21st Century e-Knowledge Requires a High Performance e-Infrastructure

584 views

Published on

11.12.09
Keynote Presentation
40-year anniversary Celebration of SARA
Title: 21st Century e-Knowledge Requires a High Performance e-Infrastructure
Amsterdam, Netherlands

Published in: Technology, Education
0 Comments
1 Like
Statistics
Notes
  • Be the first to comment

No Downloads
Views
Total views
584
On SlideShare
0
From Embeds
0
Number of Embeds
81
Actions
Shares
0
Downloads
5
Comments
0
Likes
1
Embeds 0
No embeds

No notes for slide
  • The team is placing large eddy simulation (LES) methods into classic computational fluid dynamics (CFD) Reynolds-averaged Navier-Stokes (RANS) codes to see if they can more accurately model the physics than what is currently possible with the original turbulence models. The team is modifying two NASA simulation platforms currently used by the wind and rotorcraft industries, OVERFLOW and FUN3D, in order to better account for some of the dominant sources of aeroacoustically generated noise, such as turbulence-induced and blade-vortex-induced noise. The team is placing large eddy simulation (LES) methods into classic computational fluid dynamics (CFD) Reynolds-averaged Navier-Stokes (RANS) codes to see if they can more accurately model the physics than what is currently possible with the original turbulence models. The team is modifying two NASA simulation platforms currently used by the wind and rotorcraft industries, OVERFLOW and FUN3D, in order to better account for some of the dominant sources of aeroacoustically generated noise, such as turbulence-induced and blade-vortex-induced noise."Whereas the RANS models usually can pick up the gross features, if there is a lot of turbulence involved—a lot of flow separation—then they miss a lot of the secondary and tertiary features that can be important for performance, for vibration, and also for noise," Smith explains.The team is also investigating the efficiency and accuracy of combining LES and adaptive mesh refinement (AMR) methods in the turbine wakes. Blades rotating against the stationary tower and nacelle—the housing for the gears and dynamo—generate a very dynamic and turbulent wake dominated by powerful tip vortices and separated flow closer to the center. This dynamic nature often means there are regions of the wake with either too much or too little grid resolution just for an instant, increasing the computation time or degrading the results. Linking LES with adaptive meshing, refining, and coarsening focuses computational power where and when it is needed. This task won't be easy; adaptive meshing presents many complications, such as feature detection and load-balancing. But, once these difficulties are overcome, the outcome will be a better result at a lower price, according to Christopher Stone, a local small‑business subcontractor of Computational Science and Engineering (LLC) and member of Smith's Georgia Tech team. The team is running their simulations on NCSA's Mercury cluster, an Intel Itanium 2 cluster with1,774 nodes, 10TF. "Whereas the RANS models usually can pick up the gross features, if there is a lot of turbulence involved—a lot of flow separation—then they miss a lot of the secondary and tertiary features that can be important for performance, for vibration, and also for noise," Smith explains.The team is also investigating the efficiency and accuracy of combining LES and adaptive mesh refinement (AMR) methods in the turbine wakes. Blades rotating against the stationary tower and nacelle—the housing for the gears and dynamo—generate a very dynamic and turbulent wake dominated by powerful tip vortices and separated flow closer to the center. This dynamic nature often means there are regions of the wake with either too much or too little grid resolution just for an instant, increasing the computation time or degrading the results. Linking LES with adaptive meshing, refining, and coarsening focuses computational power where and when it is needed. This task won't be easy; adaptive meshing presents many complications, such as feature detection and load-balancing. But, once these difficulties are overcome, the outcome will be a better result at a lower price, according to Christopher Stone, a local small‑business subcontractor of Computational Science and Engineering (LLC) and member of Smith's Georgia Tech team.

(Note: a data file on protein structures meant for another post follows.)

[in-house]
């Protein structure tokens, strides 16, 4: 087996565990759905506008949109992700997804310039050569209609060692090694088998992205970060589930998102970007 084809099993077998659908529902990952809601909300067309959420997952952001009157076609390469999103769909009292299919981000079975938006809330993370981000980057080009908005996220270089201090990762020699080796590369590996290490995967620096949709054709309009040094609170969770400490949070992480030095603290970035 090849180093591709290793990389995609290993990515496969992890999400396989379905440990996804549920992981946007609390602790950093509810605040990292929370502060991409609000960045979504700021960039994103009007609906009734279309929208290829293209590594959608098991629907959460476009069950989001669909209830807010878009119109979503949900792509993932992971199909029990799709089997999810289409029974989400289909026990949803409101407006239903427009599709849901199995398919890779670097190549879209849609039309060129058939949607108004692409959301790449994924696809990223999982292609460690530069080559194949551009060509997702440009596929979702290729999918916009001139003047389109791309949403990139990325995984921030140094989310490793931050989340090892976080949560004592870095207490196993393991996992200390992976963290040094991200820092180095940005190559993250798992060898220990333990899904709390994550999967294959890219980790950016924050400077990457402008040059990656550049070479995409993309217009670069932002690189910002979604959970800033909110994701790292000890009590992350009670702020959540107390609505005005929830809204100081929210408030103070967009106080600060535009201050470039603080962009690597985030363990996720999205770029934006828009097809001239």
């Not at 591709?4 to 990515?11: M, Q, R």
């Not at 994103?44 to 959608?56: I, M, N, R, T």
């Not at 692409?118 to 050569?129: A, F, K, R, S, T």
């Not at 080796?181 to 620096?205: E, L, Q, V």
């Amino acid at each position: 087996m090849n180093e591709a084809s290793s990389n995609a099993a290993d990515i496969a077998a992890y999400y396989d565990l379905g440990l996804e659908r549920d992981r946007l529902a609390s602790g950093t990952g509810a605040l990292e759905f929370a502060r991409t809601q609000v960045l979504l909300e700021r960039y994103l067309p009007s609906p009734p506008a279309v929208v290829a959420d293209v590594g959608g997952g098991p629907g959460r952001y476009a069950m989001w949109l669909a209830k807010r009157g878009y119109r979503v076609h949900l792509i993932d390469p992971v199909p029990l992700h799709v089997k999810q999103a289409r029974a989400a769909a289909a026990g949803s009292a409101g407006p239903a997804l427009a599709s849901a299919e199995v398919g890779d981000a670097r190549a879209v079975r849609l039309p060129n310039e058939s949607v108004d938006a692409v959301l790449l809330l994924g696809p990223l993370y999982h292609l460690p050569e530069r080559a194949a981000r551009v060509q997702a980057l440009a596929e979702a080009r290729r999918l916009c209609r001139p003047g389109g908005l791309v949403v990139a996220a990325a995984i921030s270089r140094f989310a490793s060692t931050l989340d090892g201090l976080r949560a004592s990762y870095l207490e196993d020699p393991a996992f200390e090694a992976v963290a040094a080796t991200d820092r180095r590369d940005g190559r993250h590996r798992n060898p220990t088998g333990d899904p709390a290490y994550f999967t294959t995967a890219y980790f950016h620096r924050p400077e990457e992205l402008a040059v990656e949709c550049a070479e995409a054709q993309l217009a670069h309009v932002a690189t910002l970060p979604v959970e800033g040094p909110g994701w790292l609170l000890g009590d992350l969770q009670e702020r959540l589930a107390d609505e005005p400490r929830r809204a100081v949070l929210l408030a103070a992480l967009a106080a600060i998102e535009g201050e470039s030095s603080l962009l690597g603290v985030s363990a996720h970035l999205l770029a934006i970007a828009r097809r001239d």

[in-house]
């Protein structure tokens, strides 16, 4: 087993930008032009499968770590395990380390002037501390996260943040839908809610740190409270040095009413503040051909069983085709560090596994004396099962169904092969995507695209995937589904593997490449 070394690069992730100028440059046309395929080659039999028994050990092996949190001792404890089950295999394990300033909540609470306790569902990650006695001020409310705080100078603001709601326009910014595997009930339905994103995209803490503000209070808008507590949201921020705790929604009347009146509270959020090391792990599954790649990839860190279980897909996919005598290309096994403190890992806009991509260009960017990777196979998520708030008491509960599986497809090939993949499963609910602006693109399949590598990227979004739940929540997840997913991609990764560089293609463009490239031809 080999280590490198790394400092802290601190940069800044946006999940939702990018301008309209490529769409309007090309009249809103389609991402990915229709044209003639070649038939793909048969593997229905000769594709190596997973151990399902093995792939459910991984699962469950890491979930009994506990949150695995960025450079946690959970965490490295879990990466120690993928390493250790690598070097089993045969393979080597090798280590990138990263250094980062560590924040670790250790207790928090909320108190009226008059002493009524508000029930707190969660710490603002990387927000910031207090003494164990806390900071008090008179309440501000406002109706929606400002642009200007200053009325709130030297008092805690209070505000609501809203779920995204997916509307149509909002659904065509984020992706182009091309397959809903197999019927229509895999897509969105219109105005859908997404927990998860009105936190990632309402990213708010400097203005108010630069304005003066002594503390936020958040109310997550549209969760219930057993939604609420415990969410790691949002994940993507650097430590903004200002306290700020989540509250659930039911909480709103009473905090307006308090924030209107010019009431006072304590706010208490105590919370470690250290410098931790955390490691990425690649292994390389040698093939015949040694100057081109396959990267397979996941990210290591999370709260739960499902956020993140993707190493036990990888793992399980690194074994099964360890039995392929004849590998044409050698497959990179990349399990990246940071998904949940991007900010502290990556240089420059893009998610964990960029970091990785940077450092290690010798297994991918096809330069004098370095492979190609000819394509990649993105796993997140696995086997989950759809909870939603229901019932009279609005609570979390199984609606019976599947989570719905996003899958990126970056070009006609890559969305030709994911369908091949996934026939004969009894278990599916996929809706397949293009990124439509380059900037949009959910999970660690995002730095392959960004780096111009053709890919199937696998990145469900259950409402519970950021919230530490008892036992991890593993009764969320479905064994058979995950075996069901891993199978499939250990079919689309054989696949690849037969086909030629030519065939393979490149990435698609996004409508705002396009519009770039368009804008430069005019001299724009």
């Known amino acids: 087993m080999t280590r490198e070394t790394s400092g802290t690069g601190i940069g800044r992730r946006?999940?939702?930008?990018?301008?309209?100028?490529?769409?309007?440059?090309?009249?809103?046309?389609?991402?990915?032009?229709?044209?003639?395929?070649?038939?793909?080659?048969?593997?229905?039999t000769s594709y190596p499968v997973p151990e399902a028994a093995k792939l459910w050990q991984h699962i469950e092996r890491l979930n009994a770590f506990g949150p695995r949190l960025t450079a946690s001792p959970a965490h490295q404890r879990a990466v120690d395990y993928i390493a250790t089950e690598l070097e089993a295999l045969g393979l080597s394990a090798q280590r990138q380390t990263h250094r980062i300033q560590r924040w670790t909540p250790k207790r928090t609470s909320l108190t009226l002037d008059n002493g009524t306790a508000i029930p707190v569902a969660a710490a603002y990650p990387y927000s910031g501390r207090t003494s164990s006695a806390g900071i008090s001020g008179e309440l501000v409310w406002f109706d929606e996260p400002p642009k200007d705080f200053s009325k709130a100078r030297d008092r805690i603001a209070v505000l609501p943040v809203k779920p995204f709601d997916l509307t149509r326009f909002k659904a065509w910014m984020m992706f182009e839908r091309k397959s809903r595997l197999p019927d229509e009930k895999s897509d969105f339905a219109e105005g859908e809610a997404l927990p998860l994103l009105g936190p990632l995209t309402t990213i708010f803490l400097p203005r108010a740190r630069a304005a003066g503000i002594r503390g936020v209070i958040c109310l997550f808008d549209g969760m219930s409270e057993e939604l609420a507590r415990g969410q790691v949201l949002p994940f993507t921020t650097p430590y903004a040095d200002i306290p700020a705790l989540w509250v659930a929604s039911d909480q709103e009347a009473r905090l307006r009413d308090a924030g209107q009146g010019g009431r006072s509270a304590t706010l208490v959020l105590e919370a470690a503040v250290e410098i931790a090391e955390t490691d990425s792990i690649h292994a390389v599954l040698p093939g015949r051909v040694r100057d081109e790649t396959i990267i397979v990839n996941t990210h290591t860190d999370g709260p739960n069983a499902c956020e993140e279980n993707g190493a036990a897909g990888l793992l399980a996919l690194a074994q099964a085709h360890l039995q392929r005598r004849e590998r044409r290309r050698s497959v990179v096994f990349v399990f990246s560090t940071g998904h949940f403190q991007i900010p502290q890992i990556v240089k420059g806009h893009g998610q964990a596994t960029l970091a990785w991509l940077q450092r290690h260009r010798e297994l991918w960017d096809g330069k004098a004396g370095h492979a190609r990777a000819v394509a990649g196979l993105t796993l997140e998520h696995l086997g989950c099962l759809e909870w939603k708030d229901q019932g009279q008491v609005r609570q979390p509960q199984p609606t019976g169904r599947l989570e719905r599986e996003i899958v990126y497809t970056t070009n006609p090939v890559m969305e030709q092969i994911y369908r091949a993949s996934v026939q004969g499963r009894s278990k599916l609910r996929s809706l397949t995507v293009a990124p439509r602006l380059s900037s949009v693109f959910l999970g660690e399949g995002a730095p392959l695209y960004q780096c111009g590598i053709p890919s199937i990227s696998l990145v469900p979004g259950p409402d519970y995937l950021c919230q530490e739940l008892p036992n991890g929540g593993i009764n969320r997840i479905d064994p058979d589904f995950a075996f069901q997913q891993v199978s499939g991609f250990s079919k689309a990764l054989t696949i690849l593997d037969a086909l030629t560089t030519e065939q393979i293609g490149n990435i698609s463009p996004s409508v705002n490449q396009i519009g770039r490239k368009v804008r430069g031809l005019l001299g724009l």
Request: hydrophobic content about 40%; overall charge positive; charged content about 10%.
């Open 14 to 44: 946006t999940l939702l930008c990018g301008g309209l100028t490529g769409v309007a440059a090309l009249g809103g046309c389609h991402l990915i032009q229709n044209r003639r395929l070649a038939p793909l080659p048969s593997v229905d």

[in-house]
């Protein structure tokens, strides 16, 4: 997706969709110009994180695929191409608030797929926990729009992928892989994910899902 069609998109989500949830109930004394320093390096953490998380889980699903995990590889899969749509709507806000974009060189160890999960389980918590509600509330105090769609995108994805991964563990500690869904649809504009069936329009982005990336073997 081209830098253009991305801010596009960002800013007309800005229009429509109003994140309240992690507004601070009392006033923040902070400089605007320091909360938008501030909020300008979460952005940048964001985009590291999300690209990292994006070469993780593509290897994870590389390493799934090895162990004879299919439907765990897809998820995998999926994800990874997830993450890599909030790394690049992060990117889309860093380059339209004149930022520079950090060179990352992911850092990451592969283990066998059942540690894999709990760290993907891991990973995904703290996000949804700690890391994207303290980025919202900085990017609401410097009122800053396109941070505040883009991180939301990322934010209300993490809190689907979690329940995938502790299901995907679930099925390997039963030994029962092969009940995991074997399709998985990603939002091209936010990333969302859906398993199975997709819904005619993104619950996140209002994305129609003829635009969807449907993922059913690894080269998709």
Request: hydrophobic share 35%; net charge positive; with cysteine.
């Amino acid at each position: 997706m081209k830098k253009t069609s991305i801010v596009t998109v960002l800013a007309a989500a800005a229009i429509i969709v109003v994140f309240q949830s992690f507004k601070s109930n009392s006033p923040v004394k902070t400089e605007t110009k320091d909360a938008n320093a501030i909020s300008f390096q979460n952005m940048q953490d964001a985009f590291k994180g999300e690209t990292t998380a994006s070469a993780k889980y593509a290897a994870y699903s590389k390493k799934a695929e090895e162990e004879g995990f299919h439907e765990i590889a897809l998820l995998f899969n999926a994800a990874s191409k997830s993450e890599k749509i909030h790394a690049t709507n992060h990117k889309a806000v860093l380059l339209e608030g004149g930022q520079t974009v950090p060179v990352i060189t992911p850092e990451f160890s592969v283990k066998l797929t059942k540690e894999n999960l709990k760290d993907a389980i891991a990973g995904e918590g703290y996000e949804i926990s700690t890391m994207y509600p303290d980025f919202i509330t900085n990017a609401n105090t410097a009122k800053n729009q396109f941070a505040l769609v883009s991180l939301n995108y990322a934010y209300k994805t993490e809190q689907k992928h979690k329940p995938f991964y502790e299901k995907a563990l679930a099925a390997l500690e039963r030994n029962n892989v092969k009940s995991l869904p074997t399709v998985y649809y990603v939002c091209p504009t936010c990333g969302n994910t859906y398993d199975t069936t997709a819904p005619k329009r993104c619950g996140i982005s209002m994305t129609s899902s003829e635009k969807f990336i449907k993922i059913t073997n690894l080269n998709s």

• 21st Century e-Knowledge Requires a High Performance e-Infrastructure

    1. 1. ―21st Century e-Knowledge Requires a High Performance e-Infrastructure‖ Keynote Presentation 40-year anniversary Celebration of SARA Amsterdam, Netherlands December 9, 2011 Dr. Larry SmarrDirector, California Institute for Telecommunications and Information Technology Harry E. Gruber Professor, Dept. of Computer Science and Engineering Jacobs School of Engineering, UCSD 1 http://lsmarr.calit2.net